Ancestry.com, the genealogy site, is going to offer more advanced DNA testing for its members, helping people find ancestors all the way back to the 18th century. All you have to do is take a home DNA test.
Art Caplan is the incoming medical ethics head at NYU. He says, "The technology is pretty remarkable. You can certainly look for different distinctive markers on your genes and find them and say look all these other people have the same marker. I must be related to them. But, most of us, when we think about ancestry, we're talking about social and cultural groupings that are imposed upon those genes. It's not the genetic technology that's weak. It's that our ideas about ethnicity, race, are so tied up in our history, politics, that it's a little awkward to try and squeeze them on a genetic analysis."
And, he says, for all the advances in genetic testing, "It's not anything close to 100 percent accurate even for the small amount of genetic material you're looking at. So, you could think, ah, I finally know that I'm from this tribe or this group, maybe not."
Home DNA tests are being used for far more than finding clues about Grandpa Joe or Great-Great Grandpa Isadore. There are groups that offer to find your perfect dating match based on DNA. And kits you can use to test for potential future health issues, like cancer, heart disease or obesity.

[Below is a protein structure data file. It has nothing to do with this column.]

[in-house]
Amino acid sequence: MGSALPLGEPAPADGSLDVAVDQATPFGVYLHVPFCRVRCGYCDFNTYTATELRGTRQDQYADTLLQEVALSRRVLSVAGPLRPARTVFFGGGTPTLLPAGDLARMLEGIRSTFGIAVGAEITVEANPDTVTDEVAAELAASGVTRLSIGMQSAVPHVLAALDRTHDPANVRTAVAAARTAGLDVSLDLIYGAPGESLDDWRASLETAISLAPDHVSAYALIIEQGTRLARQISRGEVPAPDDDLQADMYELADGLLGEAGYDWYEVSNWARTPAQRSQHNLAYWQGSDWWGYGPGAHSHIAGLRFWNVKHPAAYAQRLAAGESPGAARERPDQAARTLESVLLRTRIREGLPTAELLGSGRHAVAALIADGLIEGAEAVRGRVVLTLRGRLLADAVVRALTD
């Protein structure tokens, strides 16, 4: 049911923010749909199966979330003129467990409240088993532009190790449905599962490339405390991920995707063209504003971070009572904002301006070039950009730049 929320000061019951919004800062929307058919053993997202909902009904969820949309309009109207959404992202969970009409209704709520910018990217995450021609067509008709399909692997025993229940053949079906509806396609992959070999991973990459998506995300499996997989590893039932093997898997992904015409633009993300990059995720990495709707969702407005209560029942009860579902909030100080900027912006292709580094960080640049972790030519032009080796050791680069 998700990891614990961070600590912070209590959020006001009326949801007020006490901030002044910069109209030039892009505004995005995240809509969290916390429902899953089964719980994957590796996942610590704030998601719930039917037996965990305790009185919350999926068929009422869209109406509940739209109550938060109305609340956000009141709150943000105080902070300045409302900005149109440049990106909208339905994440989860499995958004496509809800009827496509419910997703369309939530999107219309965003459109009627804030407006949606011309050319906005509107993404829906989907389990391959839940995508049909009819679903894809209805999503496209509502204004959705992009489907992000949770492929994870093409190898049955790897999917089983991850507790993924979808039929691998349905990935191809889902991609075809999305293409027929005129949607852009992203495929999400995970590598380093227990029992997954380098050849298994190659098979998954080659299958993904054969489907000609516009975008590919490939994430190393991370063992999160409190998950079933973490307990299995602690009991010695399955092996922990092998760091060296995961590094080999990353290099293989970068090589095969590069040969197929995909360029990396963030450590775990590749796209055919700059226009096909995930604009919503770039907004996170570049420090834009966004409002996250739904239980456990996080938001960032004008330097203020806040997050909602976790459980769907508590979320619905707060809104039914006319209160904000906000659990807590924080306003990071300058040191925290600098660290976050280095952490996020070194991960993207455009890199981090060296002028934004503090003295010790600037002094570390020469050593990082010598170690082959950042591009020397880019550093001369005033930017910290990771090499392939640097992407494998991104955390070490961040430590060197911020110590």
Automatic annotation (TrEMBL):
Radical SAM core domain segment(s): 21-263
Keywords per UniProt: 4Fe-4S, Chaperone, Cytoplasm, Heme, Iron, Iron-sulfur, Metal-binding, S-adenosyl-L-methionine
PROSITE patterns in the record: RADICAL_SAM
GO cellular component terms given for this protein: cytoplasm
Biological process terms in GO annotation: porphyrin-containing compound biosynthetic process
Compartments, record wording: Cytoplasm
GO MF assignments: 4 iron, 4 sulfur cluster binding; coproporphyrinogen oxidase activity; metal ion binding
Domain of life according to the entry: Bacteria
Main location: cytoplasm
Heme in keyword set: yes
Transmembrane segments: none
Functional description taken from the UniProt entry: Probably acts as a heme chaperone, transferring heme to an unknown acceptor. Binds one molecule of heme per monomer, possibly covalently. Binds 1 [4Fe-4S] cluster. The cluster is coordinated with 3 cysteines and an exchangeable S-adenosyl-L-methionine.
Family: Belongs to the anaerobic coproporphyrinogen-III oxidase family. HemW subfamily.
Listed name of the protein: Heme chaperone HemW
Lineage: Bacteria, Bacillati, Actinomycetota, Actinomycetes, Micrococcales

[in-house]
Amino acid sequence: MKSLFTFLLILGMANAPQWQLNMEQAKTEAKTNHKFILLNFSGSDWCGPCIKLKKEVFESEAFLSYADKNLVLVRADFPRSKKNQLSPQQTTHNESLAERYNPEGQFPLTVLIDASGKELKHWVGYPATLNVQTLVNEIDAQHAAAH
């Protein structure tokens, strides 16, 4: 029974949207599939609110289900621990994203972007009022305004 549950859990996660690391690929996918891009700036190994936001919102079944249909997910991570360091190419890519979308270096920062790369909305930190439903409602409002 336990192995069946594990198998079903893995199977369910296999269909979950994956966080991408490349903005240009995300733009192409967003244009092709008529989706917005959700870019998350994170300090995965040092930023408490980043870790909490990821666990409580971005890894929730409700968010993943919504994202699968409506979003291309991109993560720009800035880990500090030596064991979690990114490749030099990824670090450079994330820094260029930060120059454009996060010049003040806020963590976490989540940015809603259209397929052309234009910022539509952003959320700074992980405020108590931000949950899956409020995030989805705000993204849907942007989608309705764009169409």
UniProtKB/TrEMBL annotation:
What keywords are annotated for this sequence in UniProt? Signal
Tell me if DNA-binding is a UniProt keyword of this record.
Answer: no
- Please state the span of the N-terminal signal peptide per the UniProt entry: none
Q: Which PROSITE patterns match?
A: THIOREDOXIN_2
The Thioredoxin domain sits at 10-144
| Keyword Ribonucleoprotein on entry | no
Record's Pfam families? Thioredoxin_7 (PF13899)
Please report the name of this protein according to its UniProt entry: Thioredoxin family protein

Siobhan Dolan researches reproductive genetics at the Albert Einstein College of Medicine. She says when it comes to health issues, at home testing is really problematic. "The data is not really clear cut what's right and what's wrong. So, you could send your data to three different companies and get three different results, and who's right? And so, it's really a difficult landscape for consumers to navigate and we don't advise it at this time."
If you're worried about heart disease, Dolan says, exercise. If you're worried about lung cancer, stop smoking. And if you do want a health-based DNA screening, she says go to a doctor’s office.
Dr. Caplan says there's another risk with all of these at-home-testing services: what do they do with your DNA. "Well, you know, the companies say we're going to keep everything private and I believe that. However, if the company gets bought by another company, then the DNA samples and the information about you go to the next company, and there's no restriction on the transfer of that information. We don't have laws that say you can't resell genetic material or information based on genetic findings."
Might want to think hard before you mail off that DNA swab.
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